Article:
The responses, each of them, were good. “We eat with Indians", “We work with Indians", “Our boss is Indian" and “We share personal problems with Indians" were some of them. As far as the larger intangibles are concerned, their mature responses, condensed, can be summed up in a word: “politics".

Want to gain perspective and establish friendly ties? Easy, just move and meet at a neutral venue. It’s the social version of a Sharjah match.

This multi-regional, subcontinental experience—multinational today—inspired images of bygone, imagined times—South Indians, North Indians, Pakistanis, Bangladeshis having adjacent businesses and lives, in cities travelled to for work and opportunity. On pavements, in transit, in shops, on the metro... with intertwined personal narratives. This seemed thoroughly unPartitioned. It rang a bell I never knew existed.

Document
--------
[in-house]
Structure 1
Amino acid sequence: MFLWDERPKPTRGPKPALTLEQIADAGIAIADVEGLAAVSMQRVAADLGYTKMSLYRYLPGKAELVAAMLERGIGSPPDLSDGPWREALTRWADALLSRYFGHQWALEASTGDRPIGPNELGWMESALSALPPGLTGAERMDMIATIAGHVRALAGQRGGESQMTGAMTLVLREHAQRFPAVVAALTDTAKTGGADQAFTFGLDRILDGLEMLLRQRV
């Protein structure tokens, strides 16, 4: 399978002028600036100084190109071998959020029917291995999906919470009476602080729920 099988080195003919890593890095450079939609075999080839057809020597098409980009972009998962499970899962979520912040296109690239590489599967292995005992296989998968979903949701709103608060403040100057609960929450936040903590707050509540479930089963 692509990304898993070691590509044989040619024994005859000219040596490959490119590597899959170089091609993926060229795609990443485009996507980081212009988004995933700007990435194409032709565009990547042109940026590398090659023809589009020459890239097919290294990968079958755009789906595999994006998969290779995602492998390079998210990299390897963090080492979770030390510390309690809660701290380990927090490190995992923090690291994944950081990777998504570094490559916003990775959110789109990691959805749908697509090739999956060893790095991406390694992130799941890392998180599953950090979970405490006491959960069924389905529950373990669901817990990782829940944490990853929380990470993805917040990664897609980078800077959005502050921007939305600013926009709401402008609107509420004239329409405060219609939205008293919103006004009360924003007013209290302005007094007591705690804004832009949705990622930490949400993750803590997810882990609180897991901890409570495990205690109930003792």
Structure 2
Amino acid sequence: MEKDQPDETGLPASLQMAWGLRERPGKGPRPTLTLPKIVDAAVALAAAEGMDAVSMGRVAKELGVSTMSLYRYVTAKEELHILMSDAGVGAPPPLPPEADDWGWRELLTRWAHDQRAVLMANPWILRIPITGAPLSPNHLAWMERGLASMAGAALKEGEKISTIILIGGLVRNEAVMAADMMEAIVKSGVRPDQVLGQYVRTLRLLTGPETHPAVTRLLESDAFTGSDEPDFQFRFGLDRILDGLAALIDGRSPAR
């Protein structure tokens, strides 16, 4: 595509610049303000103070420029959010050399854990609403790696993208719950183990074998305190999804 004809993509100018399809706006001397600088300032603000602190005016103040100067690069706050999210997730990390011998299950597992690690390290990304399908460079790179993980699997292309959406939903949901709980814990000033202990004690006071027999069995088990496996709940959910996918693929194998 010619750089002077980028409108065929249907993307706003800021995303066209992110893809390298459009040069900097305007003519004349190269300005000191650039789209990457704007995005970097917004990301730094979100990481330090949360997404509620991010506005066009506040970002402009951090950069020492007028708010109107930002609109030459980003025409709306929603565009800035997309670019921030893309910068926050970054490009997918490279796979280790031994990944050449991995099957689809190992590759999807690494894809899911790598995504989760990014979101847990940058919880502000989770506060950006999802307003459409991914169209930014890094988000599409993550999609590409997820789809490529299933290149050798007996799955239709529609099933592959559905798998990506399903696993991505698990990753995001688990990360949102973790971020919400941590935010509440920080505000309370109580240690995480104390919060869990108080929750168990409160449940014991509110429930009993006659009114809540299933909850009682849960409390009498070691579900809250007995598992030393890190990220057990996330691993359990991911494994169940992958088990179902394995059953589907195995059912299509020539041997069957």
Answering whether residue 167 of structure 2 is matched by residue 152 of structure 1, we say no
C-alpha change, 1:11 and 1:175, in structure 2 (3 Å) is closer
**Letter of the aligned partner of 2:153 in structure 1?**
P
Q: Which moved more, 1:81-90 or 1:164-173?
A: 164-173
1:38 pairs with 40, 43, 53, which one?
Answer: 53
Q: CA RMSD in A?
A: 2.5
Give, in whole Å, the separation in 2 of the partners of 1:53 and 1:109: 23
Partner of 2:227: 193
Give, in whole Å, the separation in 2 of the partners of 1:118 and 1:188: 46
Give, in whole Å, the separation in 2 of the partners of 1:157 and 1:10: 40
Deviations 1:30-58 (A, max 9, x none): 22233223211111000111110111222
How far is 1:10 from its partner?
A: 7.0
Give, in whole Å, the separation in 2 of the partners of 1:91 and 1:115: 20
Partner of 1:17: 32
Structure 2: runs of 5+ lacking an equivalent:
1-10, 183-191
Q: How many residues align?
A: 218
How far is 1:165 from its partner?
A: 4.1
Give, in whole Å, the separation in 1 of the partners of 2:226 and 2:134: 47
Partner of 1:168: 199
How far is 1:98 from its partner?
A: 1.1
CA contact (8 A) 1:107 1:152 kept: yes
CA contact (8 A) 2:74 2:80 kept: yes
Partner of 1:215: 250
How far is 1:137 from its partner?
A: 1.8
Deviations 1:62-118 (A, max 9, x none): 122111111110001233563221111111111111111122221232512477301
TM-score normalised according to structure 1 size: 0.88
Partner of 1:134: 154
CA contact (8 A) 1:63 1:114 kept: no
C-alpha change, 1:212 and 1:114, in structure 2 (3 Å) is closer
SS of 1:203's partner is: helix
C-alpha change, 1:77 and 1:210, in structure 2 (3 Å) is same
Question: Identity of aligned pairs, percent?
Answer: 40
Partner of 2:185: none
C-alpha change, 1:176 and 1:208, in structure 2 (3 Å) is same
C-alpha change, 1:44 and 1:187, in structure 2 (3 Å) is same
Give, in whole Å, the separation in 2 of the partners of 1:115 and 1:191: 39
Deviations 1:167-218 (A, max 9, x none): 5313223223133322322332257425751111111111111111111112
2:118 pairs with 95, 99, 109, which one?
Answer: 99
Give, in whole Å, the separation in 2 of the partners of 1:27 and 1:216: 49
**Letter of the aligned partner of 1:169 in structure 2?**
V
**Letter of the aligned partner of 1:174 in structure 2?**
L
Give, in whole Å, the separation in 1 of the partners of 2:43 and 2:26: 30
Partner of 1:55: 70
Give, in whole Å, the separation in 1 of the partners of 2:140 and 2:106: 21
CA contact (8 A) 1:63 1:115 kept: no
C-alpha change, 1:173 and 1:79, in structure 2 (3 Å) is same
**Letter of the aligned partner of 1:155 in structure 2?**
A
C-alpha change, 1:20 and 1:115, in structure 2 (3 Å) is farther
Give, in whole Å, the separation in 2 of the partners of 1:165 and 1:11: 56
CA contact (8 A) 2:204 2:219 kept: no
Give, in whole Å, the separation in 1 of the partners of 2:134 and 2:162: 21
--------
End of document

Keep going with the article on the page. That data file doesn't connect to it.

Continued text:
But before more nuanced ruminations could kick in, I was packing toothbrushes again. Dubai had more attractions than I had days off from work. And so, the glittering glass buildings became incoherent dots as the plane rose, and in no time I was basking in the reassured feeling of watching the grandmother walk out of Indira Gandhi Airport.

Some paan-stain graffiti, friendly parking lot stray dogs, an attempt at being overcharged, a cab ride and unruly Indians later, I was back home. The air was damp with the rain which had fallen in my national absence.

All was still and mellow. I unpacked immediately, pampering some OCD. Clothes, trinkets and miniature chocolates were pulled out. A finished Train to Pakistan was as well. The Upanishads was put back on the shelf, unused—as I’d known, but also hoped, that it would.

Letter From... is Mint on Sunday’s antidote to boring editor’s columns. Each week, one of our editors—Sidin Vadukut in London and Arun Janardhan in Mumbai—will send dispatches on places, people and institutions that are worth ruminating about on the weekend. On exceptions like this week, we will have another contributor.